“The Obama action is a band-aid. It doesn’t get at the heart of the problem, which is the need for these policies to constantly criminalize and punish a group of people,” said Cumberbatch.
Obama’s offer of deportation deferral comes with a revised set of guidelines for federal immigration agencies, including ICE. Directives issued by the Department of Homeland Security instruct ICE officials to use discretion and prioritize resources for the removal of immigrants with a previously established range of criminal convictions, newly arrived immigrants and those with prior deportation orders. The contentious Secure Communities program is to be replaced with what is being called the Priority Enforcement Program (PEP), and more resources will be funneled toward enforcement at the U.S.-Mexico border.
“These new enforcement priorities are really not very different from the old enforcement priorities,” said Wellek. “For the most part, PEP is probably just a rebranding of the Secure Communities program.”
Cumberbatch recalls that in the early morning of May 8, his wife, Chamika, saw what looked like police officers outside the couple’s apartment window. The agents, sporting vests marked “police,” came to the Cumberbatchs’ door, said they were conducting an investigation and asked to be let inside. Once in the apartment, they arrested Cumberbatch, took him away in an unmarked car and, after processing, transferred him to immigration detention at the Hudson County Correctional Facility in New Jersey.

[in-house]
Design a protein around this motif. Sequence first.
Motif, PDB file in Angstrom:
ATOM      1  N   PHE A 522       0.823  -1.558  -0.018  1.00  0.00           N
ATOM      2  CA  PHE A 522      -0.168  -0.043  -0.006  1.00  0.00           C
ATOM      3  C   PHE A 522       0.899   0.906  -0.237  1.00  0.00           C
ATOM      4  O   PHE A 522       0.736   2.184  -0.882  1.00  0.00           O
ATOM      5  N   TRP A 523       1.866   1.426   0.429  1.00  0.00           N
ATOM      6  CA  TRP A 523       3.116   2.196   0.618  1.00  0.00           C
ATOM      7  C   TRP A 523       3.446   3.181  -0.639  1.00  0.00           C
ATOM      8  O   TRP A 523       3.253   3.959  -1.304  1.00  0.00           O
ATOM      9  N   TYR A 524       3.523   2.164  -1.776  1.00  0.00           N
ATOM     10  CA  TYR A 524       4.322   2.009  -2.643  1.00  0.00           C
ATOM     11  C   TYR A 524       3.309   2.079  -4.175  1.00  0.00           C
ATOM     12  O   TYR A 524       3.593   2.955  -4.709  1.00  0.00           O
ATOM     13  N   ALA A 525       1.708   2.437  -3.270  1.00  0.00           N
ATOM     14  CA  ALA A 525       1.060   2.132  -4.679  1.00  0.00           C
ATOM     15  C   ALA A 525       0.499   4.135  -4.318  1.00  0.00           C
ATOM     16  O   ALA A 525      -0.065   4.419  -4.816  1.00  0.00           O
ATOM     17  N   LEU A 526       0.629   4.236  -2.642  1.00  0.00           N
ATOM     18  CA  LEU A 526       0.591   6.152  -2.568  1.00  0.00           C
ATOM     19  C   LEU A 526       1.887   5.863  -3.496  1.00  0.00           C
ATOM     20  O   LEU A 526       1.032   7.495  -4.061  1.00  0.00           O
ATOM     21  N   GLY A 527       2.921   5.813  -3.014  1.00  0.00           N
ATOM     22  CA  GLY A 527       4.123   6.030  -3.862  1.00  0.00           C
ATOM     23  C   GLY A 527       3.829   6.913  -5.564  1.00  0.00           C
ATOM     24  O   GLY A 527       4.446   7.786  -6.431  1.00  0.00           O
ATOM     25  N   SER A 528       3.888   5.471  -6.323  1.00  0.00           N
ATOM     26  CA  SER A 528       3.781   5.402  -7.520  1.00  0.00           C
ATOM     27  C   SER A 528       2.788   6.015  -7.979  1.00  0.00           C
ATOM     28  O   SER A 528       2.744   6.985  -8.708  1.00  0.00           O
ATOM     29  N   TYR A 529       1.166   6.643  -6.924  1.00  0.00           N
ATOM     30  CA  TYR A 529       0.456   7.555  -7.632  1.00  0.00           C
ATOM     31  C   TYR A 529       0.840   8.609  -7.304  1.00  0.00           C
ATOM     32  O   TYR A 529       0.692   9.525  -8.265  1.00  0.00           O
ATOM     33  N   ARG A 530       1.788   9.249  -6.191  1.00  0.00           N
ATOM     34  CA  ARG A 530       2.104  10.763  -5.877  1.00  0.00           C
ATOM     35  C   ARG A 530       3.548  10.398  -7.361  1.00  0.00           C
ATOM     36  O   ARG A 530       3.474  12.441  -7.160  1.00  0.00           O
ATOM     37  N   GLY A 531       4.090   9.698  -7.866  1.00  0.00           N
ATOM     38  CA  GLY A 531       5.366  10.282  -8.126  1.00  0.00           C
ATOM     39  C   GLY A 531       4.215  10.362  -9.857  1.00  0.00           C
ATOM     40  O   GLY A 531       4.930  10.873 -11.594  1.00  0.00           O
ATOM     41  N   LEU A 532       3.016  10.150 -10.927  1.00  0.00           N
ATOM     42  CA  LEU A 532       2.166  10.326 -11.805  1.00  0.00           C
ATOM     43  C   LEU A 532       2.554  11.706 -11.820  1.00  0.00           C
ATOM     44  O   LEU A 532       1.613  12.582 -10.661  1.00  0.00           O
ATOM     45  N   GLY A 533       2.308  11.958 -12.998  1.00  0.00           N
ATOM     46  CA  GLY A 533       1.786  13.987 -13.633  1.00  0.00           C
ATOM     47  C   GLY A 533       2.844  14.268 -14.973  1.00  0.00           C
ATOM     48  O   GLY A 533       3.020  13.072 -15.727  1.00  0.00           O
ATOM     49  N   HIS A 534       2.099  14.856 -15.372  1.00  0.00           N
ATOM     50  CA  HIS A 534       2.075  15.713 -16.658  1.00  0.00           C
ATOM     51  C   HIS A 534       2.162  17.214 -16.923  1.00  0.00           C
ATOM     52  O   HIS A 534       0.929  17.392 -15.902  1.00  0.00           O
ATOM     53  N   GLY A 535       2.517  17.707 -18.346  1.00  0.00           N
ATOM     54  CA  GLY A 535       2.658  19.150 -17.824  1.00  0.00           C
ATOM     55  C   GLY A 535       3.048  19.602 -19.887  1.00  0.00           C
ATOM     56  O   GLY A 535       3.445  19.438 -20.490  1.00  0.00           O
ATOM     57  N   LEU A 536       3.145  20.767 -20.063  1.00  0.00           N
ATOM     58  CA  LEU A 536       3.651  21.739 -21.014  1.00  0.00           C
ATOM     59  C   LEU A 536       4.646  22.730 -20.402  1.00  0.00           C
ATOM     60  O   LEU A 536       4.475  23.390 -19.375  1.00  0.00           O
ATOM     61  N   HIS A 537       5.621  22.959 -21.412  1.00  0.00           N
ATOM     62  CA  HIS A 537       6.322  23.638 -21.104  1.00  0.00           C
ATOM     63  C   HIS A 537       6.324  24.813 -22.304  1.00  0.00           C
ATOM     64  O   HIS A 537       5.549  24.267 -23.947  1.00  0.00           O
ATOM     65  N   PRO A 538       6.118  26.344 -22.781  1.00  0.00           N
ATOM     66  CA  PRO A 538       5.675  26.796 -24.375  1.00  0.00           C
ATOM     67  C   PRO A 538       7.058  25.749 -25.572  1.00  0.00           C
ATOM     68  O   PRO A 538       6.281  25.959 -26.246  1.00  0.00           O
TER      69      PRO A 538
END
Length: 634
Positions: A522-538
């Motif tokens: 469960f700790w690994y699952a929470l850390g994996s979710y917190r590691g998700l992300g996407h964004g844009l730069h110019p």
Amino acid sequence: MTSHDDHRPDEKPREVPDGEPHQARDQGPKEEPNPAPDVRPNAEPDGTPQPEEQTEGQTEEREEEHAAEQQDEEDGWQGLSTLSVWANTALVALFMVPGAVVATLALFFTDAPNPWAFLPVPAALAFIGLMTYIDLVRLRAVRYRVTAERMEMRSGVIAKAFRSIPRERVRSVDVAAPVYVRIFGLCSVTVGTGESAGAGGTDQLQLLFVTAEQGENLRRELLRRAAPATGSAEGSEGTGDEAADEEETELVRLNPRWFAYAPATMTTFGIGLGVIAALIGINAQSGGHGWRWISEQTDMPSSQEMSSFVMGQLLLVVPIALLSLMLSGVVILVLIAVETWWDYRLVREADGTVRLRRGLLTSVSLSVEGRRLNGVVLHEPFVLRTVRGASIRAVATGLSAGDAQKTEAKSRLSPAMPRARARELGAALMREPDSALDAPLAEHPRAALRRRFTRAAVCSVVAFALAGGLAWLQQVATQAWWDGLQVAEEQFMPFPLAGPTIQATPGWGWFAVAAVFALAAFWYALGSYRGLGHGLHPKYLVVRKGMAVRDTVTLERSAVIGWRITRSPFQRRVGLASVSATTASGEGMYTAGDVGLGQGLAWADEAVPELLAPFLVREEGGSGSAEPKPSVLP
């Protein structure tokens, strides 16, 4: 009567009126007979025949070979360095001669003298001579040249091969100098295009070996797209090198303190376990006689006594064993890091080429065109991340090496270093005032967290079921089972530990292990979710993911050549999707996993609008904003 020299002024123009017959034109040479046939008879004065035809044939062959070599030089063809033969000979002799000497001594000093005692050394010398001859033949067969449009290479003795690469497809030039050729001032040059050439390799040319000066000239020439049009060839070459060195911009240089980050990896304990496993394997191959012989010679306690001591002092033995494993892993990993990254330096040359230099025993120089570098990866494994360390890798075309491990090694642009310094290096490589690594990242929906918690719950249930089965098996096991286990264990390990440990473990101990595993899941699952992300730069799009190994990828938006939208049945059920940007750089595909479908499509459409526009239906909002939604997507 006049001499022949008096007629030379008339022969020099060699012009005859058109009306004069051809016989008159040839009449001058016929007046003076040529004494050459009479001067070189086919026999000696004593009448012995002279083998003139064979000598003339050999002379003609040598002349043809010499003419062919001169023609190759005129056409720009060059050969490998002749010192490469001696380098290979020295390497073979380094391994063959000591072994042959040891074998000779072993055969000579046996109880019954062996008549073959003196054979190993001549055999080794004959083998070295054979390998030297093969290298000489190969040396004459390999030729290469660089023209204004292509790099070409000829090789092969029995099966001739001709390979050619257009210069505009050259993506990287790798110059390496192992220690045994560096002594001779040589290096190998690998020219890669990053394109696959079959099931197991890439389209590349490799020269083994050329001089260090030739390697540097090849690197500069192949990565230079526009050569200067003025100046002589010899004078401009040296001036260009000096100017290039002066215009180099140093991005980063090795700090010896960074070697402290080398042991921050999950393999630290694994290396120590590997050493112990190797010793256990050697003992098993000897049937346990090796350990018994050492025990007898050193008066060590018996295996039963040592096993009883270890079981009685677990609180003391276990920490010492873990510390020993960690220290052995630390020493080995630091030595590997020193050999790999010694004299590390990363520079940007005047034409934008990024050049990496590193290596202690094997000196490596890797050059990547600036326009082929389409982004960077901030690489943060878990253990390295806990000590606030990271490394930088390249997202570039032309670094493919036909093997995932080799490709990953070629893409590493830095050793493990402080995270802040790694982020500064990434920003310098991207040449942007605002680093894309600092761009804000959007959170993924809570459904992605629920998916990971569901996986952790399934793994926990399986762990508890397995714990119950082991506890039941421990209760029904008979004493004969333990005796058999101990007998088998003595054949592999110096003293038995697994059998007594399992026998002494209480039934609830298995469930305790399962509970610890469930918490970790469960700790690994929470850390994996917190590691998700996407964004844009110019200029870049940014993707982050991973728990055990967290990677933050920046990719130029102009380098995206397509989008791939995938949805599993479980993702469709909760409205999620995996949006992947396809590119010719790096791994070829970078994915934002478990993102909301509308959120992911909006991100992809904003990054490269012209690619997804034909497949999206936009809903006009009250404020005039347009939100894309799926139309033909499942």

“I was totally sideswiped by the fact that they had total disregard for how long I had been here, everything positive that I had done, the fact that I had a family, I had two young children. They didn’t care about any of that,” Cumberbatch said.
Cumberbatch has been a legal permanent resident since he immigrated to the United States from Guyana at the age of 4. ICE targeted him because of a felony conviction on his record from an armed robbery he committed when he was 20 years old.
Since coming out of prison, Cumberbatch, now 33, has completed two degrees, started his own company and worked on a range of prisoner reentry and criminal justice projects. He was able to win his release from immigration detention with help from his family, advocates and community organizers, and based on what he calls “a moral, not legal argument” that he is a positive force in the community and not a threat. But Cumberbatch falls into the category of first priority for deportation under PEP, which means mandatory detention and placement into deportation proceedings. Apart from the legal precedent of his previous release, there is little to protect him from another visit by ICE agents.
“I feel anxious, because they granted what is called prosecutorial discretion,” said Cumberbatch. “Basically it means that they can come back at any time to do the same process all over again.”
Raids on the Rise